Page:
Llewellyn King, the British-born host of “White House Chronicle,” stands on a sidewalk in Georgetown, a green and pleasant neighborhood located in northwest Washington, D.C., along the Potomac River waterfront. On Thursday, Georgetown was festooned with flags and filled with pre-Fourth of July revelers.
Georgetown was founded in 1751, well before the establishment of the city of Washington and the District of Columbia, when the Maryland legislature purchased 60 acres of land for the town from George Gordon and George Beall at the price of 280 pounds.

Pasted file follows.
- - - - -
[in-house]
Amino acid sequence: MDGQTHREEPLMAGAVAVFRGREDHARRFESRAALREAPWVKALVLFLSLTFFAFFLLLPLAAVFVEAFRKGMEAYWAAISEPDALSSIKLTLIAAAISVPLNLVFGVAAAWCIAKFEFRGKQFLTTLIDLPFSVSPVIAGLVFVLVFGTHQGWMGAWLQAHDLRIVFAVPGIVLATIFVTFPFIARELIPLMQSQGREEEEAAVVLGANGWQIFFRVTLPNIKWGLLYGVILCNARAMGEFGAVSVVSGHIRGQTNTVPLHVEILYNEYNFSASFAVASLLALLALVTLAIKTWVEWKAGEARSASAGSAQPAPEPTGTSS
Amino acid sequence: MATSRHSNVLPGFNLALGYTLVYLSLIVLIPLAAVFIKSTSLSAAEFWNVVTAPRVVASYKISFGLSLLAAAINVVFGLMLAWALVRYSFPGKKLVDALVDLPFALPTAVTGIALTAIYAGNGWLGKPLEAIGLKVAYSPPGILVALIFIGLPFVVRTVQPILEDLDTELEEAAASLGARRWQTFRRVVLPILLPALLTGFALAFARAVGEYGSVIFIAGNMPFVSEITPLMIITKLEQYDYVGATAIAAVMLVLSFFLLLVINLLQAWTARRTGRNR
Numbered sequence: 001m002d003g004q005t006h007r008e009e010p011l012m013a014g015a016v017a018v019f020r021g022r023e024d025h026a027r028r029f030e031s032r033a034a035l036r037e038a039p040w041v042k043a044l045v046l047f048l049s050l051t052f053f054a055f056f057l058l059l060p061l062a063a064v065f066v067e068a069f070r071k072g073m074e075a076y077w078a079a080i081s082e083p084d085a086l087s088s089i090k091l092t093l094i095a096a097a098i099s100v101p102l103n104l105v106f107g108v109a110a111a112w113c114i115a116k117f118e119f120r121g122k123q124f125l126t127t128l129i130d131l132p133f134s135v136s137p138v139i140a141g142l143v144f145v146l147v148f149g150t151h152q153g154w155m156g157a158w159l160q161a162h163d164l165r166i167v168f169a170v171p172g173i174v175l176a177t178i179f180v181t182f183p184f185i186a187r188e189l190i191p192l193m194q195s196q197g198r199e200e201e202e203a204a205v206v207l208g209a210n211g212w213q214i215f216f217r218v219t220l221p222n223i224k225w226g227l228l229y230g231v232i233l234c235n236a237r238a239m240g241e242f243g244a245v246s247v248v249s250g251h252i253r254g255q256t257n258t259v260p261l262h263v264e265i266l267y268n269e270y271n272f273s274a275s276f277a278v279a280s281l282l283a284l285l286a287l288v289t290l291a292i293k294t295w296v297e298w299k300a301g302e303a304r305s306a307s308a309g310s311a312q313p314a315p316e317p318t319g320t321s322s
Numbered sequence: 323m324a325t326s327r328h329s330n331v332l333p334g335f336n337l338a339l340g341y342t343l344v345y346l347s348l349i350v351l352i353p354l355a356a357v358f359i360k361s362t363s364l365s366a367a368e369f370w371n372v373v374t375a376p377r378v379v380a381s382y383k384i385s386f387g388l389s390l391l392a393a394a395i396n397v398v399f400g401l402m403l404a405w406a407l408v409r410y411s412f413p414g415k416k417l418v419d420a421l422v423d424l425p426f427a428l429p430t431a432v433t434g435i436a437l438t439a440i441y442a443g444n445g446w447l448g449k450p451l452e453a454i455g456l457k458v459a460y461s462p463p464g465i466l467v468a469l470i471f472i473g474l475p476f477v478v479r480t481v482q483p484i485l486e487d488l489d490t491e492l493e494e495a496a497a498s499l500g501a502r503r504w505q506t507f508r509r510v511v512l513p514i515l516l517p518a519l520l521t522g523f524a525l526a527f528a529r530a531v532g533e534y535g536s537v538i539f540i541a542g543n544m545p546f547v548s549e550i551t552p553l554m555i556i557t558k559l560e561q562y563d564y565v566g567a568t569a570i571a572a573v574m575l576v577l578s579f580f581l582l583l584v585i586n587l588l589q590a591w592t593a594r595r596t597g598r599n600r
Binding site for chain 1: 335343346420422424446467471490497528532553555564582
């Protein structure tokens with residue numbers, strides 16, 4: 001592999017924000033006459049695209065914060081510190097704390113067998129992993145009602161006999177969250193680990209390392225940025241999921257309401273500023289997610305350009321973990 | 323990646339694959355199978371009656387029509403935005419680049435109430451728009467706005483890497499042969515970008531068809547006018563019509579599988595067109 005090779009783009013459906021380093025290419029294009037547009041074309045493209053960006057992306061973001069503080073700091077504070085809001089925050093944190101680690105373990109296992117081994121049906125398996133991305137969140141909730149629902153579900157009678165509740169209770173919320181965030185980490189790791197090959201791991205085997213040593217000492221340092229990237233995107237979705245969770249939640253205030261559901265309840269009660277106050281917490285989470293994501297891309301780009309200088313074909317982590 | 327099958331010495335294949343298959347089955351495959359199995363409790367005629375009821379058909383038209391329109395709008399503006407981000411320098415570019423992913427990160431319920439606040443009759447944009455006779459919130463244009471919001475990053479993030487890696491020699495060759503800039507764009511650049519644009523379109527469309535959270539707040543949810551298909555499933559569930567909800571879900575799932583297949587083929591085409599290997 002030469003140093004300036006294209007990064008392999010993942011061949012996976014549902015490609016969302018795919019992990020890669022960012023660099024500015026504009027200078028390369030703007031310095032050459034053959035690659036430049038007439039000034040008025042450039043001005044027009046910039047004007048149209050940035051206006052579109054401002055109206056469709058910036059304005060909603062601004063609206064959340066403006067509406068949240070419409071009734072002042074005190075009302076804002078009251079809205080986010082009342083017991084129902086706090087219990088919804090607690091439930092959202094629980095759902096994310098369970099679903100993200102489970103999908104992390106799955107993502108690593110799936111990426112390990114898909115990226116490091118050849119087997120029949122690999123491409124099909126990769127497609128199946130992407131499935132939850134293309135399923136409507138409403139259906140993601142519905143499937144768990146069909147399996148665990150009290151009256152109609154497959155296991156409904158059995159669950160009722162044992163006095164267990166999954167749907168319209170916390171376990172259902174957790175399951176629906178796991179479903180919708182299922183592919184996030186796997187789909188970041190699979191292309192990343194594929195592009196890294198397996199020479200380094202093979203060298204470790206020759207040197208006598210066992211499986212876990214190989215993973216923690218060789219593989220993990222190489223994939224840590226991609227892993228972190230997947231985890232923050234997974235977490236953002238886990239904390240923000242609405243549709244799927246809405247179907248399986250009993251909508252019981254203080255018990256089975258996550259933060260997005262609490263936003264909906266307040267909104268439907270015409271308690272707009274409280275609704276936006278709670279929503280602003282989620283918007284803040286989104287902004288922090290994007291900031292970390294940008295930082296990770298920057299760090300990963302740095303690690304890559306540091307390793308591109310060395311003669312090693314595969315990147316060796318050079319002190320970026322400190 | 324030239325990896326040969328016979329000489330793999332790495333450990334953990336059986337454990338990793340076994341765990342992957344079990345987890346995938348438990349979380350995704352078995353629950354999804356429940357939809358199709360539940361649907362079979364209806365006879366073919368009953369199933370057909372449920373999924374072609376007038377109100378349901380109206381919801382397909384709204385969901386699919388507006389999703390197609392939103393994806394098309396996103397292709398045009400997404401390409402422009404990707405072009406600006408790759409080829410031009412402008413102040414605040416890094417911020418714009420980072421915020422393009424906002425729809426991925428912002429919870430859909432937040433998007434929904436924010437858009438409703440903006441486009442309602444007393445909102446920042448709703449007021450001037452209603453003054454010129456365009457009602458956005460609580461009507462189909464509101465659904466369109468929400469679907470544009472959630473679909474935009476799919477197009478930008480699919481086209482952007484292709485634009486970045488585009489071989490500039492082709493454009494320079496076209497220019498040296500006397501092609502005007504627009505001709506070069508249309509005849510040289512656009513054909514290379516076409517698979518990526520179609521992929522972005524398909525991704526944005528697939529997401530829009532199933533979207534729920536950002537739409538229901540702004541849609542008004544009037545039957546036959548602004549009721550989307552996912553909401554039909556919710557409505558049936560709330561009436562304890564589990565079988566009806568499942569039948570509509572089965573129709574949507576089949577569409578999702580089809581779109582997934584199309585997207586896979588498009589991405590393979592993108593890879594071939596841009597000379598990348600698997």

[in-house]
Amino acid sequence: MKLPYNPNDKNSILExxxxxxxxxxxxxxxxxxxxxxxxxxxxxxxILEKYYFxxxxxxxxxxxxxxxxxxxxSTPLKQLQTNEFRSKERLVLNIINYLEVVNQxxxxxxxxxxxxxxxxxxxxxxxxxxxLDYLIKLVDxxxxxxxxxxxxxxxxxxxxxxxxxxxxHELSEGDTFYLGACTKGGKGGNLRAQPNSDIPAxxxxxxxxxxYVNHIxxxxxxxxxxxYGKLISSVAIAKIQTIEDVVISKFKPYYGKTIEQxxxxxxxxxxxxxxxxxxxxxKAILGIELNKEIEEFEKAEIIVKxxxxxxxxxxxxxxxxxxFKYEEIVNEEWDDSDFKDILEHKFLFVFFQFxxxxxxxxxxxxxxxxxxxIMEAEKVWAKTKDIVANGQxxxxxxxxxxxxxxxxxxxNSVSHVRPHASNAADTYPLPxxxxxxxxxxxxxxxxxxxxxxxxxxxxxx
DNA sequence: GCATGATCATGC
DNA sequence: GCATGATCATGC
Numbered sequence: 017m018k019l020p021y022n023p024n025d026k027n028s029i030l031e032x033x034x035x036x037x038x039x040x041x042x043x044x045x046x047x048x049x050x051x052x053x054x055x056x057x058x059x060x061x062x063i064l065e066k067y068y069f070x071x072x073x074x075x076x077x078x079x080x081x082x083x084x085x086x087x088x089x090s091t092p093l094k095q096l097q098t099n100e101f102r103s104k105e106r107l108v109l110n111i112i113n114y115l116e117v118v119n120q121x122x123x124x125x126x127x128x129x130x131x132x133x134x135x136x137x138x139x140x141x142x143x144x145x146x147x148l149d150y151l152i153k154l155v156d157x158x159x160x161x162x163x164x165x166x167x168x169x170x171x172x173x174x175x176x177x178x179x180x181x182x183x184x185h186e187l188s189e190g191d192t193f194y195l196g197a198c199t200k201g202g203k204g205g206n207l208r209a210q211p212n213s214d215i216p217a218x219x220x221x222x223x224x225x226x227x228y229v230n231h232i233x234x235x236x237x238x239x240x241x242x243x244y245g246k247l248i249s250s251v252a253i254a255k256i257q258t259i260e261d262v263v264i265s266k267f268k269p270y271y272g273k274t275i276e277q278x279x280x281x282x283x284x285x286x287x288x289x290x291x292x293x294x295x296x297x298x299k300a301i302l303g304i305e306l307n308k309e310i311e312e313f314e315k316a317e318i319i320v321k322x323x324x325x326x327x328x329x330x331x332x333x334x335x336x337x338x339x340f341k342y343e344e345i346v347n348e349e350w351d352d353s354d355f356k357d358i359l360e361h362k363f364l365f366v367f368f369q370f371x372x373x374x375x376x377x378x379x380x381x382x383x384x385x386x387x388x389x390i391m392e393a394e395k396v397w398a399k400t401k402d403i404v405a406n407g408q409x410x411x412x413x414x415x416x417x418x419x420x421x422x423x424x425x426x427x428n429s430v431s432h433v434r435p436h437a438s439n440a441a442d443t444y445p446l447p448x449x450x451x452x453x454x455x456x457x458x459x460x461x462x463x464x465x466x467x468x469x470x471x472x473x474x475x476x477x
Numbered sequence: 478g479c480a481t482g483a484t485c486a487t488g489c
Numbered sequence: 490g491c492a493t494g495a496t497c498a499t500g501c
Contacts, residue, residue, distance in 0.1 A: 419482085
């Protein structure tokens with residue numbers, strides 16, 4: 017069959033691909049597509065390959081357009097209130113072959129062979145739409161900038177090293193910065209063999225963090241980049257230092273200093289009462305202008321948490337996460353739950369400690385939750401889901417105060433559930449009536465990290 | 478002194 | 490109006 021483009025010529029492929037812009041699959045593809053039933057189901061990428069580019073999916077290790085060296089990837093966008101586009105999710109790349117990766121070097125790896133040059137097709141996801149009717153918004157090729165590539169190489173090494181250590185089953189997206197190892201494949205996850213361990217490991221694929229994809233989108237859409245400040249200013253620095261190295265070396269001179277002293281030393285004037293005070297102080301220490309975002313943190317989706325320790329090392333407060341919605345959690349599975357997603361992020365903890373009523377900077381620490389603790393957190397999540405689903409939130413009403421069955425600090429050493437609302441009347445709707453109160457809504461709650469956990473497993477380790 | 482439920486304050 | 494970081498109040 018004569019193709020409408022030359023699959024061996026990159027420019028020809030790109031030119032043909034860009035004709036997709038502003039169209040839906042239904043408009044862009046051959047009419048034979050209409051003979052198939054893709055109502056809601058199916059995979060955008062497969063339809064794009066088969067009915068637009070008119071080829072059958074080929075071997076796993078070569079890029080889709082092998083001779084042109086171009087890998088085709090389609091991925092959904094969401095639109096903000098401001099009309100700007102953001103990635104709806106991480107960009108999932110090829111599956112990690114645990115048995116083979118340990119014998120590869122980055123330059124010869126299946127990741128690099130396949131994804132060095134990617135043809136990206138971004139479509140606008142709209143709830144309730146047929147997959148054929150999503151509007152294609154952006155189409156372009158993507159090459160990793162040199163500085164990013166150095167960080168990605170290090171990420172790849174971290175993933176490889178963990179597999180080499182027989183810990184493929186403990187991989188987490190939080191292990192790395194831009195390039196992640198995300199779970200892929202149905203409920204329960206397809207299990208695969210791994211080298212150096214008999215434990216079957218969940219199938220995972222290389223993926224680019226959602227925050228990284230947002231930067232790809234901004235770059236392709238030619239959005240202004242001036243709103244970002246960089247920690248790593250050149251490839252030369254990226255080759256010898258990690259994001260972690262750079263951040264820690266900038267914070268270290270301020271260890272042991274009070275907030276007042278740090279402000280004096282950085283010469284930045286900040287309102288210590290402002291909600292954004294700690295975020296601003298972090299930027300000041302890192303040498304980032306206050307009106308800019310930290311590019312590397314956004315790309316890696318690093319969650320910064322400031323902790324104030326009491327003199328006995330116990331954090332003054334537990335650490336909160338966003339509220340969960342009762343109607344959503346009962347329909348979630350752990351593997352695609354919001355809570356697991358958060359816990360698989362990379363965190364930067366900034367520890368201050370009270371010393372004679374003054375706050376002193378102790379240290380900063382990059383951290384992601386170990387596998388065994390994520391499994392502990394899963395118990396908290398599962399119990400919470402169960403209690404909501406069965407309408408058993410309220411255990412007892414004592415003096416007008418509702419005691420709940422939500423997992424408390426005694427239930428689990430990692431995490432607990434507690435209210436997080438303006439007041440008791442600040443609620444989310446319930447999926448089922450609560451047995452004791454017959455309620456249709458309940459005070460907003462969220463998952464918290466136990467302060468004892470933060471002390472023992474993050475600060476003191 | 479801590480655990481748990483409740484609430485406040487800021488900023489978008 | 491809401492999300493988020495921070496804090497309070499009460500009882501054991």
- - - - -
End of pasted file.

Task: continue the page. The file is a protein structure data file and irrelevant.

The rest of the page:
Some believe that Georgetown was named after those two wealthy landowners. Others believe that its name has royal origins, since it was founded during the reign of George II of Great Britain.
Certainly, it wasn’t named after the Father of Our Country. But George Washington frequented Georgetown, including a long-gone watering hole, Suter’s Tavern, which was the site of land deals involved in establishing Washington as the “Federal City.”